Absorbents based on chemically modified lime are highly reactive. Due to their high reactivity, absorbents are used in a multitude of industrial processes - mainly for flue gas treatment in power plants, but also for water treatment.
AFESIKOS is an iron-free, synthetic, mineral-based, environment-friendly blasting agent; it is especially suitable for gentle blast cleaning of sensitive surfaces, e.g. stainless steel surfaces.
The alkali-silica reaction (ASR in short) is a chemical reaction occurring in concrete between the soluble silica present in rock-based aggregates and the alkali and hydroxide ions present in the concrete's pore solution. This reaction produces an alkali-silica gel which due to its water-absorbing tendency can cause expansion and cracks as the concrete hardens. The detrimental alkali-silica reaction can be avoided by purposefully using hard coal fly ash as the main cement component.
Abbreviation for alkali-silica reaction (see Alkali-silica reaction)
"Betonkopp" is the name of a comic-strip character developed specifically for STEAG Power Minerals' customer magazine SEGMENT which is published twice per year. "Betonkopp" translates literally as "concrete head" and, in the German dialect spoken in the Ruhr district, means a somewhat stubborn man. In each of his articles in the magazine, Betonkopp addresses a current topic. And last not least: He is also keen to learn what readers think about SEGMENT in general and about his own articles in particular.
Bottom ash is a mineral-based by-product arising from the combustion in coal in power plants. In the combustion process, coal particles are blown into a dry furnace at a temperature of around 1,200°C. Depending on its origin, the coal used contains between 64 and 95 percent of carbon and 5 to 35 percent of non-combustible mineral constituents. In den combustion process, the carbon is burned while 10 to 15 percent of the non-combustible mineral constituents agglomerate and fall to the furnace bottom. This ash is rapidly cooled down and removed from the boiler; the dark-gray, porous material thereby produced is called "bottom ash".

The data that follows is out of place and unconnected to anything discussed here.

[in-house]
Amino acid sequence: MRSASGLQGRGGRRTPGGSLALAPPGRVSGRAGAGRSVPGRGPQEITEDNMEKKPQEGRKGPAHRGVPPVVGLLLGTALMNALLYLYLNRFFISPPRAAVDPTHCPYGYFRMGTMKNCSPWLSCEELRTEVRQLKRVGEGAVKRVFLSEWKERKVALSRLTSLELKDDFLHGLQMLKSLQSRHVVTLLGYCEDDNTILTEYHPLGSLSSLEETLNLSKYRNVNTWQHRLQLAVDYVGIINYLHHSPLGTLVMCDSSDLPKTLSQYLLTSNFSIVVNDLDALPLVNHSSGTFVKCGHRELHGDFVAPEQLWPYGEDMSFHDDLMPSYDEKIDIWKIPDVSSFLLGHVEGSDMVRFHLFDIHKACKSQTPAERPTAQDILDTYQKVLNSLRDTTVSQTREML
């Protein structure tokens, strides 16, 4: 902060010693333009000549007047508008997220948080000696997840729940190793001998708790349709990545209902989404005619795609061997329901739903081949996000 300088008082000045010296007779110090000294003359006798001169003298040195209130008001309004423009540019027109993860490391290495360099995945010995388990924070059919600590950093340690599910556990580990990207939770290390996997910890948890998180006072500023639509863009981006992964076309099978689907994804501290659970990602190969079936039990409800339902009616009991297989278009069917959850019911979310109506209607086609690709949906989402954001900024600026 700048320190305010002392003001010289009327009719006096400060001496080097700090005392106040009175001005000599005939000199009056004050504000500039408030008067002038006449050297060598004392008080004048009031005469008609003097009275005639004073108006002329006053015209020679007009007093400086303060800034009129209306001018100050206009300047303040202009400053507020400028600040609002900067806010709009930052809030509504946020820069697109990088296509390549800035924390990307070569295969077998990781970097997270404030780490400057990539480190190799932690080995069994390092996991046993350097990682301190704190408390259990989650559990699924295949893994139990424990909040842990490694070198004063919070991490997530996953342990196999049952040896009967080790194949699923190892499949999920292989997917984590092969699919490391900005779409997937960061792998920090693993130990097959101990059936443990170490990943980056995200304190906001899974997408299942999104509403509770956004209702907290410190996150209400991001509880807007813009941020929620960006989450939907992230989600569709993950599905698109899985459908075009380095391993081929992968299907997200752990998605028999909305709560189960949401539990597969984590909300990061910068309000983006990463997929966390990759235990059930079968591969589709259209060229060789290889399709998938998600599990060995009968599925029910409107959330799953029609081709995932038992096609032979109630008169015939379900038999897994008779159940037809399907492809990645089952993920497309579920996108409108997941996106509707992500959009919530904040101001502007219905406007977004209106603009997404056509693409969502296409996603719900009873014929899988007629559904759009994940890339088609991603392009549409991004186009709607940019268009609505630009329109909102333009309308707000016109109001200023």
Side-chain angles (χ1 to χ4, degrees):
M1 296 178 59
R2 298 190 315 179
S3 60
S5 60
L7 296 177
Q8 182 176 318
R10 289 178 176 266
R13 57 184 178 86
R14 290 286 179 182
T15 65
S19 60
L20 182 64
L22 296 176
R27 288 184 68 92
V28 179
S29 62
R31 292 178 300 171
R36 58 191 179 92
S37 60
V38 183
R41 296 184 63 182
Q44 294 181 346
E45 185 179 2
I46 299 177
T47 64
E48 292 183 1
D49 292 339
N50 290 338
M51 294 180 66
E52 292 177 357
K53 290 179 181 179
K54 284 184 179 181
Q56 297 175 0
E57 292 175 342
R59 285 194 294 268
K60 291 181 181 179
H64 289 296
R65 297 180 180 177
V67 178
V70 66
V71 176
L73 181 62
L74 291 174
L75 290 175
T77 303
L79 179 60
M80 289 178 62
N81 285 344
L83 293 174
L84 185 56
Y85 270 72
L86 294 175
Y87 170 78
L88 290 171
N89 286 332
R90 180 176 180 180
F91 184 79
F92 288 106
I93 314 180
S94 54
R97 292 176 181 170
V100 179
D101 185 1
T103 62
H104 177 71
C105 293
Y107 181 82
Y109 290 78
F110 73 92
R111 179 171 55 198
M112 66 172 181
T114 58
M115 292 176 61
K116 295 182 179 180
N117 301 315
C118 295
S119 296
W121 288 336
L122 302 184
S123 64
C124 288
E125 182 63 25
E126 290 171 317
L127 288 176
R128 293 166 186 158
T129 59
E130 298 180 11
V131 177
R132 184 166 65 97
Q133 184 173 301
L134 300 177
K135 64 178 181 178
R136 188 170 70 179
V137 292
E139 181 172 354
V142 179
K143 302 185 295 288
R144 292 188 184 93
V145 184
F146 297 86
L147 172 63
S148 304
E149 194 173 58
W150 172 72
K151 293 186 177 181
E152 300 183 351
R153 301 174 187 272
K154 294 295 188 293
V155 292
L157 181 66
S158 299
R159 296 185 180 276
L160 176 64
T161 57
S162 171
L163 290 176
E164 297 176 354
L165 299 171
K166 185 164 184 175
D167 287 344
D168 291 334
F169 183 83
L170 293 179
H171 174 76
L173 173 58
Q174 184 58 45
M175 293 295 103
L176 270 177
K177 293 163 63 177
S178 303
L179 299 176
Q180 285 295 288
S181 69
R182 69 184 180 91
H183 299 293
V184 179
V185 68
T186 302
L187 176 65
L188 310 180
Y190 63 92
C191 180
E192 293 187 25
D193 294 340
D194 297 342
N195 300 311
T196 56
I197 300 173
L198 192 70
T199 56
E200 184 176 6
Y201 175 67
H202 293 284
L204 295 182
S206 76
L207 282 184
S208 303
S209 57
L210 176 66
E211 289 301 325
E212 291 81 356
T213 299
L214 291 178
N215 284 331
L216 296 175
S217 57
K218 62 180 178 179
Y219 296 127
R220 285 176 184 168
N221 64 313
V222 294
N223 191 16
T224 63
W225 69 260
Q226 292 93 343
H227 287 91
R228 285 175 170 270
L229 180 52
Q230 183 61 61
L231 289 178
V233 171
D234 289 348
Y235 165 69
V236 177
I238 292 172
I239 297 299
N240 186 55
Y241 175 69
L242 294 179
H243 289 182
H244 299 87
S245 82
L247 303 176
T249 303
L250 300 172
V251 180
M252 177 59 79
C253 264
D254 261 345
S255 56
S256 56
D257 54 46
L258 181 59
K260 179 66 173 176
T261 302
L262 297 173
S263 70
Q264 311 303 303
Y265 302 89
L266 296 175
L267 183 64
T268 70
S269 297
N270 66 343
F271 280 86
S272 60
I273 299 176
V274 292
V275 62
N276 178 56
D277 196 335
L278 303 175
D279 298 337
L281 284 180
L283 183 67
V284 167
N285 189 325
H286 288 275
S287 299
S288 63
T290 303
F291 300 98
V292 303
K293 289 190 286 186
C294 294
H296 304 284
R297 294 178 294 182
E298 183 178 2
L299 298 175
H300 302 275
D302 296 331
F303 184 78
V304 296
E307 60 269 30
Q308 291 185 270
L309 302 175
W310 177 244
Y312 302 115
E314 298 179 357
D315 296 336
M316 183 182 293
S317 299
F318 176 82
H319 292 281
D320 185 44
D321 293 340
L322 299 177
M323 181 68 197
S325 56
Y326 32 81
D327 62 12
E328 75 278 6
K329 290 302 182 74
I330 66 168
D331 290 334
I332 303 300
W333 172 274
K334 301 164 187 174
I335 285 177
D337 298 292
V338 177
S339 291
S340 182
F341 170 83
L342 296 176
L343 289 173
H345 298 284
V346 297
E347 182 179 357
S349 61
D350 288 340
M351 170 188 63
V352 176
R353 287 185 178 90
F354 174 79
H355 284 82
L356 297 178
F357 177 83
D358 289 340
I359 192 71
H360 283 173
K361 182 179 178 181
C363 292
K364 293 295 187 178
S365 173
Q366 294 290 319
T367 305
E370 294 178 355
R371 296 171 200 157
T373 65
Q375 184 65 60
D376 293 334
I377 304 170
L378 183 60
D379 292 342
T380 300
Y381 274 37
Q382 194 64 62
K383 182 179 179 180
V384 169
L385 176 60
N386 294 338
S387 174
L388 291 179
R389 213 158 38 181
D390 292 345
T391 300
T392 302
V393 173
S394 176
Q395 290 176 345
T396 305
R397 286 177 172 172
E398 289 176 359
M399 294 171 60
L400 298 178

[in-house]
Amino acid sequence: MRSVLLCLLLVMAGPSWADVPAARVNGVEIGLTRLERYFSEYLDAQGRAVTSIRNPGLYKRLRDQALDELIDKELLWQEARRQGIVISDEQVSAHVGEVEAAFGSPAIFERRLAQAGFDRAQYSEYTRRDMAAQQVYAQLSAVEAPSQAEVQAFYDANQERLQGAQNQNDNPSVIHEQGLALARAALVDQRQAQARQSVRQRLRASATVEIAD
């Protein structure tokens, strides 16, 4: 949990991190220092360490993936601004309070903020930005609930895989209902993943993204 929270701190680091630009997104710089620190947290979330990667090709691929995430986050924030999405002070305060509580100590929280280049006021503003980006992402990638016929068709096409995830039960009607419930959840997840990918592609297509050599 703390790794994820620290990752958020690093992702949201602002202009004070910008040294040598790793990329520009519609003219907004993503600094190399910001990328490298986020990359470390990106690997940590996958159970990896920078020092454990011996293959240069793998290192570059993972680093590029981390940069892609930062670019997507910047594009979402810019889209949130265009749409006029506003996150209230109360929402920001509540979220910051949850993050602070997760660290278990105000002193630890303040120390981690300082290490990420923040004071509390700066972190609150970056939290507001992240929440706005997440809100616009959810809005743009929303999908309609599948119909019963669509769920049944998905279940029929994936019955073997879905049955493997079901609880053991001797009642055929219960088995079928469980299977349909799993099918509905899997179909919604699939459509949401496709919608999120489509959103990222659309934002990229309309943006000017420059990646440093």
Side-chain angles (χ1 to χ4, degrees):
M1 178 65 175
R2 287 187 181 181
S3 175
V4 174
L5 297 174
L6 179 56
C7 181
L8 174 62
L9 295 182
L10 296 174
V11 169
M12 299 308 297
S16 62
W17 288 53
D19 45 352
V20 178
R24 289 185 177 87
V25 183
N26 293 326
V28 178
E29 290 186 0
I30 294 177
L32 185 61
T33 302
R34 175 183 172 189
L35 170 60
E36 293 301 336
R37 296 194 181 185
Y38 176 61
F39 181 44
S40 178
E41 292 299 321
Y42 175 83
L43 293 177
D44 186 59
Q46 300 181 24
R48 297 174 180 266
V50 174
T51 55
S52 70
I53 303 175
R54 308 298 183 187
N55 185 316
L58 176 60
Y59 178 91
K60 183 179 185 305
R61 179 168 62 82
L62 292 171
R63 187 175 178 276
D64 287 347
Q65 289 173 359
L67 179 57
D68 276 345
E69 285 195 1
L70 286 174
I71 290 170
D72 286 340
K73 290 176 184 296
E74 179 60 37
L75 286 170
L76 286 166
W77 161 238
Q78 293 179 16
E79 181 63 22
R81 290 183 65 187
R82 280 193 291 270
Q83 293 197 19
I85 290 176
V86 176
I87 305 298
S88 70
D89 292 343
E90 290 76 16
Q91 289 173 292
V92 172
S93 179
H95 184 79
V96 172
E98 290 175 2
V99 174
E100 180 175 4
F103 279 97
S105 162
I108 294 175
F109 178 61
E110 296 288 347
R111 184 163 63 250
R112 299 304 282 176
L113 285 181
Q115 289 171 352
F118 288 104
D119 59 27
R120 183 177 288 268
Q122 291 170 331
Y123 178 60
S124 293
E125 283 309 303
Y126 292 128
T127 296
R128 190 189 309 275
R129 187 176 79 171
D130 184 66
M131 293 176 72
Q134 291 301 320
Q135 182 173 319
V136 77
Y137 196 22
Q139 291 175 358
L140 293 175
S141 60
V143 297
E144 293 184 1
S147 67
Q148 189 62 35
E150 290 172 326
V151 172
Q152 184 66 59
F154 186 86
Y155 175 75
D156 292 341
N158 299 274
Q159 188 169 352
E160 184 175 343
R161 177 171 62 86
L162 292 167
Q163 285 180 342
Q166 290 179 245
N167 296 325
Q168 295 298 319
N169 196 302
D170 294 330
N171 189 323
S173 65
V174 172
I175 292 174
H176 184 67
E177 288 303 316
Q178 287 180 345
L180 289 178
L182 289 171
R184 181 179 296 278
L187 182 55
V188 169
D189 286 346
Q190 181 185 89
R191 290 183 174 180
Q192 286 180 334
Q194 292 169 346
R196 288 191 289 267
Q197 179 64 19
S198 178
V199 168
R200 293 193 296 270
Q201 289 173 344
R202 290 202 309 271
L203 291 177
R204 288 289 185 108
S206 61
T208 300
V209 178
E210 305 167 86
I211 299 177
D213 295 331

Calcium sulfate is the chemical name for gypsum. (see Gypsum)
Calcium sulfate dihydrate
Calcium sulfate dihydrate is the chemical name for the gypsum arising in flue gas desulfurization plants ("FGD gypsum") (see FGD-gypsum)
Concrete is a mixture of a binder (normally cement produced from limestone and clay as raw materials), aggregate (sand, gravel), water and, as the case may be, additives (e.g. fly ash). STEAG produces and supplies high-quality concrete additives designed to improve strength, workability, compressibility and water demand of the concrete.
FGD gypsum is gypsum obtained from flue gas desulfurization (FGD) systems in power plants (see Opens internal link in current windowflue gas desulfurization). In the FGD system, sulfur is removed from the flue gas by "scrubbing". steagips® is produced only in wet scrubbing processes, where an aqueous suspension of limestone or calcium oxide is sprayed into the flue gas flow. In a first step, the sulfur dioxide contained in the flue gas is converted to calcium sulfite; reacting with the oxygen in air, the calcium sulfite then oxidizes to form calcium sulfate. The calcium sulfate dihydrate, occurring in suspension in water, is referred to as "FGD gypsum", and is separated in a mechanical process from the aqueous phase and dewatered to a residual moisture content of about 10 percent. Steagips® is available in moist, fine-grained form.